Personal Development Plan- Focuses on boosting emotional, physical and even spiritual health.  This can be achieved through reading, listening to podcasts, making lifestyle changes regarding diet and exercise and meditating. Even spending more time with those you care about can aid with this goal.  

Professional Development Plan- Aimed at reinforcing business acumen in areas of specific interest. This includes topics like time management, Emotional Intelligence and Empathy training, coaching and mentoring, or the art of creating engaging presentations.

Operational Development Plan- This plan aids with developing skills that help you advance in or stay abreast of industry trends in your line of work. Continuous focus on expanding your knowledge and skills in the area directly aligned with your organizational responsibilities can save the business time and money. It also allows leaders to remain competitive, while reducing gaps in leadership knowledge. 

Whether you are the CEO or middle level manager, do not be the snag in the team. Leading a team does not allow room for complacency or outdated methods.  Effective leaders set good examples by investing in their personal development, providing resources, following up on team members’ progress and displaying commitment to the process. Having a team where everyone is focused on continuous growth lends itself to innovation, out of the box thinking and cutting-edge business solutions.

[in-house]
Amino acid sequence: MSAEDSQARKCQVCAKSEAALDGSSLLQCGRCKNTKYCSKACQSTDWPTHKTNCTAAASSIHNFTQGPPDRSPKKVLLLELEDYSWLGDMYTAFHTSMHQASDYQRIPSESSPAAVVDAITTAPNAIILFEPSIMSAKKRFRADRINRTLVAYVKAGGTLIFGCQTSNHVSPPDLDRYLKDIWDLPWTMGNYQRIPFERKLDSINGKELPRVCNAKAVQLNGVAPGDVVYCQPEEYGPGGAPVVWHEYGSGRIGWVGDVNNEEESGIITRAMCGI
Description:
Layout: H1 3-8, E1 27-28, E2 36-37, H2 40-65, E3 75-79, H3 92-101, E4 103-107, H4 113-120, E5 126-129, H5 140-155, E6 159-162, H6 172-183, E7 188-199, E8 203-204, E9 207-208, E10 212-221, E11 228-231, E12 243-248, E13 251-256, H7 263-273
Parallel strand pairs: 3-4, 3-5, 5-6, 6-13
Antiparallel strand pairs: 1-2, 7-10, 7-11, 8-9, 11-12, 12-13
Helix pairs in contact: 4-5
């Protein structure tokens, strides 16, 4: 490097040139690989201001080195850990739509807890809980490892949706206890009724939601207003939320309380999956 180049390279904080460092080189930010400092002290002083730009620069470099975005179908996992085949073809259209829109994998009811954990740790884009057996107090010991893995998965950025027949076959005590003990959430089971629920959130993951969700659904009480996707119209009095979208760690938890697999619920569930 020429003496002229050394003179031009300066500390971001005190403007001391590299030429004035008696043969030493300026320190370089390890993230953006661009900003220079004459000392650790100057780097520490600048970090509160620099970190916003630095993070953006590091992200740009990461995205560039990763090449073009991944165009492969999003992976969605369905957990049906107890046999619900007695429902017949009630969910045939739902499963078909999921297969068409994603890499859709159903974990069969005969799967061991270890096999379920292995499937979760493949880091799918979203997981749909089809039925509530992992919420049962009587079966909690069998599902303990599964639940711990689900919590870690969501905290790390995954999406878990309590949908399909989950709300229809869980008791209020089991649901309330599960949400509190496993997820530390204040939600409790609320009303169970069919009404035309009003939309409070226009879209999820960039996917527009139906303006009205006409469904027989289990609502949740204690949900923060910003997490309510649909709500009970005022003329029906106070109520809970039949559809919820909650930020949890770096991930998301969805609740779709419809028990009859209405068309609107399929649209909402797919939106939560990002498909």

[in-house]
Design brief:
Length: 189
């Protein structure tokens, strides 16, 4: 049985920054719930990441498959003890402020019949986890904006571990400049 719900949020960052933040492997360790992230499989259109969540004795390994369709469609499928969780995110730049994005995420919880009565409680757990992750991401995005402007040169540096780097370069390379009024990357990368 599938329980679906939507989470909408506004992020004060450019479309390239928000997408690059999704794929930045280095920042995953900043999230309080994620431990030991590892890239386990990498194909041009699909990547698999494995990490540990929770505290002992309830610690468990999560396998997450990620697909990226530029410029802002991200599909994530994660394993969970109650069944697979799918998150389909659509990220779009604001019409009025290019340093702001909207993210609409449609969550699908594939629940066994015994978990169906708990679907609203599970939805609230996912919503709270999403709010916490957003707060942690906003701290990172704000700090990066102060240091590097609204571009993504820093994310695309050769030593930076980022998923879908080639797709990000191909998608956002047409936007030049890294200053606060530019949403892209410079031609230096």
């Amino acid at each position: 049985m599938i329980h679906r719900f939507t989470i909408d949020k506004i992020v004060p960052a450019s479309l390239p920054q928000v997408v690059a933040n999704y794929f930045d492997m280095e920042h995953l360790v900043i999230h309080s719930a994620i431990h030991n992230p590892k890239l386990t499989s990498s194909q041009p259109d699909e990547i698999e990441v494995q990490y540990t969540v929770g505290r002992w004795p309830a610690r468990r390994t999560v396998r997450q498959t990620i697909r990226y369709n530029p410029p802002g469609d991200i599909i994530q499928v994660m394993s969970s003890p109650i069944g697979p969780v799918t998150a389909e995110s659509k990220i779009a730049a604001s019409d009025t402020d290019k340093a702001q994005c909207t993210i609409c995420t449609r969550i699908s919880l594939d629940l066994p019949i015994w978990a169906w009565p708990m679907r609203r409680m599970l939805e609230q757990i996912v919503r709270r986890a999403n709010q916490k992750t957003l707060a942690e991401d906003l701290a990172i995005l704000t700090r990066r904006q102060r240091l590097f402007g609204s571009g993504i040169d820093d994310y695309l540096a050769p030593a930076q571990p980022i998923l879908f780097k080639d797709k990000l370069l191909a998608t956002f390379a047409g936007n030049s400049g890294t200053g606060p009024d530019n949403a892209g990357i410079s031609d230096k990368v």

Takiyah Cunningham, M.S. HRD

https://www.linkedin.com/in/takiyah-cunningham/

Topic: Precedence vs. Policy: which one is driving your organization?

 

Your company policy states that when an employee is on short term disability they will not be expected to work and in order to ensure that they focus on their personal health their work email will be disengaged until they return to work. After a bad performance review, employee X complains about how unfairly they are being treated, especially since they were forced to work while out on leave. From your investigation you discover a copy of an email trail that clearly reflects that the manager had been communicating with this employee while they were on leave. When you confront the manager their response is that “the work needed to get done and the employee was willing." Upon further investigation you discover that other managers have also been communicating with and having employees work while out on short term disability.